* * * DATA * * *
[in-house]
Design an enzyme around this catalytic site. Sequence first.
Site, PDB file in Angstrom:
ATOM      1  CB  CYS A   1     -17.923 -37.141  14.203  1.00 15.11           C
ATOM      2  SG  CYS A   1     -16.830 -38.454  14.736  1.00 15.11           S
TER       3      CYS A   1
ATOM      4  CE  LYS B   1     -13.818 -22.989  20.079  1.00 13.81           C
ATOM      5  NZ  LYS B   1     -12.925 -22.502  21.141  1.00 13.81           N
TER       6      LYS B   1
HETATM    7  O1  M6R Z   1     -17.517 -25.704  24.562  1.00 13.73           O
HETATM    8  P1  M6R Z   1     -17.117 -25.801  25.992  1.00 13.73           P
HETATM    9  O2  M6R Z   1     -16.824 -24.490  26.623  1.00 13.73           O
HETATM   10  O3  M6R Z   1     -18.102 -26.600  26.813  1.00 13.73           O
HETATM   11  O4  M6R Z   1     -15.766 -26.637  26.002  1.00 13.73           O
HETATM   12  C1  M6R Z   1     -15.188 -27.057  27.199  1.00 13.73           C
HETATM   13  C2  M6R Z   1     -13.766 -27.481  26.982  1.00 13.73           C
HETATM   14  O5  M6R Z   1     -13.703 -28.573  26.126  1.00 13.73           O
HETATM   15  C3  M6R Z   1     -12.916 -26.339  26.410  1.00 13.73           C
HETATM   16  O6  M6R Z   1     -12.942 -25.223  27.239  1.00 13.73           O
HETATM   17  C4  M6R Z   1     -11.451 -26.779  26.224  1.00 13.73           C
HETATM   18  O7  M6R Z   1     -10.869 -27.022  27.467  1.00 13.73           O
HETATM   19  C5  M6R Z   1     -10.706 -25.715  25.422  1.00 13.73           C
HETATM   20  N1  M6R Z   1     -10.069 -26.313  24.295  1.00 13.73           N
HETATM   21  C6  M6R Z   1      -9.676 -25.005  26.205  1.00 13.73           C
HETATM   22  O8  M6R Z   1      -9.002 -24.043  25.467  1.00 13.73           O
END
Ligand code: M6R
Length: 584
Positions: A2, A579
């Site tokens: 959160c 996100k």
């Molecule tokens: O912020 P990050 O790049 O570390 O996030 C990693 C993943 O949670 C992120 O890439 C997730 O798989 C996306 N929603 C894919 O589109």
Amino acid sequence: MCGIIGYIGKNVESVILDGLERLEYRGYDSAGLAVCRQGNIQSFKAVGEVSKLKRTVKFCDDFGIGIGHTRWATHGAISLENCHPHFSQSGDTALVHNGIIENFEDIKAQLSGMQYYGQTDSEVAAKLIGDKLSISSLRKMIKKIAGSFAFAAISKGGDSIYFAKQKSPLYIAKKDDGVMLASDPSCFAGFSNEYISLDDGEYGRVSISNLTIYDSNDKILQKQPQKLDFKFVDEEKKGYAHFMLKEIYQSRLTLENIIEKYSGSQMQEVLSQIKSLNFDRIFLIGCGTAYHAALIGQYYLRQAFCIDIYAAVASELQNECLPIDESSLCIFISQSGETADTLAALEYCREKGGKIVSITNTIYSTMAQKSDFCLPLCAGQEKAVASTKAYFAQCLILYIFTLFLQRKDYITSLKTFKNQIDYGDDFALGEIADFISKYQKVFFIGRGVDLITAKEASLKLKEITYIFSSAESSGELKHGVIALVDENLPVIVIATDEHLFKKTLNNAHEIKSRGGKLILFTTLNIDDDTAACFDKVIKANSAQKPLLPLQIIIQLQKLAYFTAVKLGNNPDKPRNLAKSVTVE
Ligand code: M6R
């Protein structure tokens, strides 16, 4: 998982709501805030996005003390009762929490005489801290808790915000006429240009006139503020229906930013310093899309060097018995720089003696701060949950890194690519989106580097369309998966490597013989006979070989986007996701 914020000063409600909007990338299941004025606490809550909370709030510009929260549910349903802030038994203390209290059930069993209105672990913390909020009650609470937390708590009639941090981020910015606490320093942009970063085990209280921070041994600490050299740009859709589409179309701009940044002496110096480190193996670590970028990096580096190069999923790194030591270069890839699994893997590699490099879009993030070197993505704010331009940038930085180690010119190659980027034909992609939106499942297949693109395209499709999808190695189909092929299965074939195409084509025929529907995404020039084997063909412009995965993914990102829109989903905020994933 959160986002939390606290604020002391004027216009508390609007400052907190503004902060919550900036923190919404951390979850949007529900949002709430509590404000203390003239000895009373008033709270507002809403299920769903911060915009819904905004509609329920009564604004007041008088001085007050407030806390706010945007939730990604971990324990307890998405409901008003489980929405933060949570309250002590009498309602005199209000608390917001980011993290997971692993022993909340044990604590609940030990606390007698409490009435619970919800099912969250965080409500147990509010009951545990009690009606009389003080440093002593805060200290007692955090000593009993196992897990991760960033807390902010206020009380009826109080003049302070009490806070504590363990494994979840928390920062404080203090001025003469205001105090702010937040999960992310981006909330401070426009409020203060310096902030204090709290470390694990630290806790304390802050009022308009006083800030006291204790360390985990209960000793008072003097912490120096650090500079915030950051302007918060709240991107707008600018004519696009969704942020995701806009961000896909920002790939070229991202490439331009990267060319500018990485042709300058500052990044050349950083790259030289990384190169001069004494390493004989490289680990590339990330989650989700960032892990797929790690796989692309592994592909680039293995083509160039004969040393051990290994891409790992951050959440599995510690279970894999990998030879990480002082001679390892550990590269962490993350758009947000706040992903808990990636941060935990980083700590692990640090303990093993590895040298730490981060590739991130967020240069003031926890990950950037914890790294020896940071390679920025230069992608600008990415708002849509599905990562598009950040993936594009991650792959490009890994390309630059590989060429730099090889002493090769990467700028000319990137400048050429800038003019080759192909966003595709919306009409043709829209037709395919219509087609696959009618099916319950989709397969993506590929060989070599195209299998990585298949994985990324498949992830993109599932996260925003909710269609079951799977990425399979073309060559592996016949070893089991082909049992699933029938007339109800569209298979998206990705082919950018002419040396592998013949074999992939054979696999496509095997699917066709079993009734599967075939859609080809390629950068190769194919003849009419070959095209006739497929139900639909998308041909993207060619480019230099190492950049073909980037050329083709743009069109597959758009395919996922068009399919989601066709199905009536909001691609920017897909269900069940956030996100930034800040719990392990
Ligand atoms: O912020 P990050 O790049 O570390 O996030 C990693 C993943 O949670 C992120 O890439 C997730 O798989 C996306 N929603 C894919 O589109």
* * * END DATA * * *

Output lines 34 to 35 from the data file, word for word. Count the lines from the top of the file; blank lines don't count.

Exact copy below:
């Protein structure tokens, strides 16, 4: 998982709501805030996005003390009762929490005489801290808790915000006429240009006139503020229906930013310093899309060097018995720089003696701060949950890194690519989106580097369309998966490597013989006979070989986007996701 914020000063409600909007990338299941004025606490809550909370709030510009929260549910349903802030038994203390209290059930069993209105672990913390909020009650609470937390708590009639941090981020910015606490320093942009970063085990209280921070041994600490050299740009859709589409179309701009940044002496110096480190193996670590970028990096580096190069999923790194030591270069890839699994893997590699490099879009993030070197993505704010331009940038930085180690010119190659980027034909992609939106499942297949693109395209499709999808190695189909092929299965074939195409084509025929529907995404020039084997063909412009995965993914990102829109989903905020994933 959160986002939390606290604020002391004027216009508390609007400052907190503004902060919550900036923190919404951390979850949007529900949002709430509590404000203390003239000895009373008033709270507002809403299920769903911060915009819904905004509609329920009564604004007041008088001085007050407030806390706010945007939730990604971990324990307890998405409901008003489980929405933060949570309250002590009498309602005199209000608390917001980011993290997971692993022993909340044990604590609940030990606390007698409490009435619970919800099912969250965080409500147990509010009951545990009690009606009389003080440093002593805060200290007692955090000593009993196992897990991760960033807390902010206020009380009826109080003049302070009490806070504590363990494994979840928390920062404080203090001025003469205001105090702010937040999960992310981006909330401070426009409020203060310096902030204090709290470390694990630290806790304390802050009022308009006083800030006291204790360390985990209960000793008072003097912490120096650090500079915030950051302007918060709240991107707008600018004519696009969704942020995701806009961000896909920002790939070229991202490439331009990267060319500018990485042709300058500052990044050349950083790259030289990384190169001069004494390493004989490289680990590339990330989650989700960032892990797929790690796989692309592994592909680039293995083509160039004969040393051990290994891409790992951050959440599995510690279970894999990998030879990480002082001679390892550990590269962490993350758009947000706040992903808990990636941060935990980083700590692990640090303990093993590895040298730490981060590739991130967020240069003031926890990950950037914890790294020896940071390679920025230069992608600008990415708002849509599905990562598009950040993936594009991650792959490009890994390309630059590989060429730099090889002493090769990467700028000319990137400048050429800038003019080759192909966003595709919306009409043709829209037709395919219509087609696959009618099916319950989709397969993506590929060989070599195209299998990585298949994985990324498949992830993109599932996260925003909710269609079951799977990425399979073309060559592996016949070893089991082909049992699933029938007339109800569209298979998206990705082919950018002419040396592998013949074999992939054979696999496509095997699917066709079993009734599967075939859609080809390629950068190769194919003849009419070959095209006739497929139900639909998308041909993207060619480019230099190492950049073909980037050329083709743009069109597959758009395919996922068009399919989601066709199905009536909001691609920017897909269900069940956030996100930034800040719990392990
Ligand atoms: O912020 P990050 O790049 O570390 O996030 C990693 C993943 O949670 C992120 O890439 C997730 O798989 C996306 N929603 C894919 O589109």